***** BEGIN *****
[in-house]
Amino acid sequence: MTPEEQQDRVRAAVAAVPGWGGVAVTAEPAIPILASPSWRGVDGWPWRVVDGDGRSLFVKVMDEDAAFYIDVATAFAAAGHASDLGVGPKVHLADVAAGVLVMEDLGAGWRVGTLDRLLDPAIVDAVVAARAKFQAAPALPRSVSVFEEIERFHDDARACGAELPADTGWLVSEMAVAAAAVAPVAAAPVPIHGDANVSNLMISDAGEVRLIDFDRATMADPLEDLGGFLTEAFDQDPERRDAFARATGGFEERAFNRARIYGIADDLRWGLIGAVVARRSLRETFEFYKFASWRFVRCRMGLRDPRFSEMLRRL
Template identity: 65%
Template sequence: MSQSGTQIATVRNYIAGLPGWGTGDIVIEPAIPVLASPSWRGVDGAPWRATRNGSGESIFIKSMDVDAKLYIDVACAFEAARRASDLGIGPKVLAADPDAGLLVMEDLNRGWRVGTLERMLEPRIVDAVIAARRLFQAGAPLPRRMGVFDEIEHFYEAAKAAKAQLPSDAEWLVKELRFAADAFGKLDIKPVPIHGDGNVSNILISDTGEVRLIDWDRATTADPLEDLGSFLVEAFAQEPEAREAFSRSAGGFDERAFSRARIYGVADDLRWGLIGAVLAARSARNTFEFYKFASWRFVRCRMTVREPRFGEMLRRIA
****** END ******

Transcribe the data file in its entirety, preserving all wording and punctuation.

[in-house]
Amino acid sequence: MTPEEQQDRVRAAVAAVPGWGGVAVTAEPAIPILASPSWRGVDGWPWRVVDGDGRSLFVKVMDEDAAFYIDVATAFAAAGHASDLGVGPKVHLADVAAGVLVMEDLGAGWRVGTLDRLLDPAIVDAVVAARAKFQAAPALPRSVSVFEEIERFHDDARACGAELPADTGWLVSEMAVAAAAVAPVAAAPVPIHGDANVSNLMISDAGEVRLIDFDRATMADPLEDLGGFLTEAFDQDPERRDAFARATGGFEERAFNRARIYGIADDLRWGLIGAVVARRSLRETFEFYKFASWRFVRCRMGLRDPRFSEMLRRL
Template identity: 65%
Template sequence: MSQSGTQIATVRNYIAGLPGWGTGDIVIEPAIPVLASPSWRGVDGAPWRATRNGSGESIFIKSMDVDAKLYIDVACAFEAARRASDLGIGPKVLAADPDAGLLVMEDLNRGWRVGTLERMLEPRIVDAVIAARRLFQAGAPLPRRMGVFDEIEHFYEAAKAAKAQLPSDAEWLVKELRFAADAFGKLDIKPVPIHGDGNVSNILISDTGEVRLIDWDRATTADPLEDLGSFLVEAFAQEPEAREAFSRSAGGFDERAFSRARIYGVADDLRWGLIGAVLAARSARNTFEFYKFASWRFVRCRMTVREPRFGEMLRRIA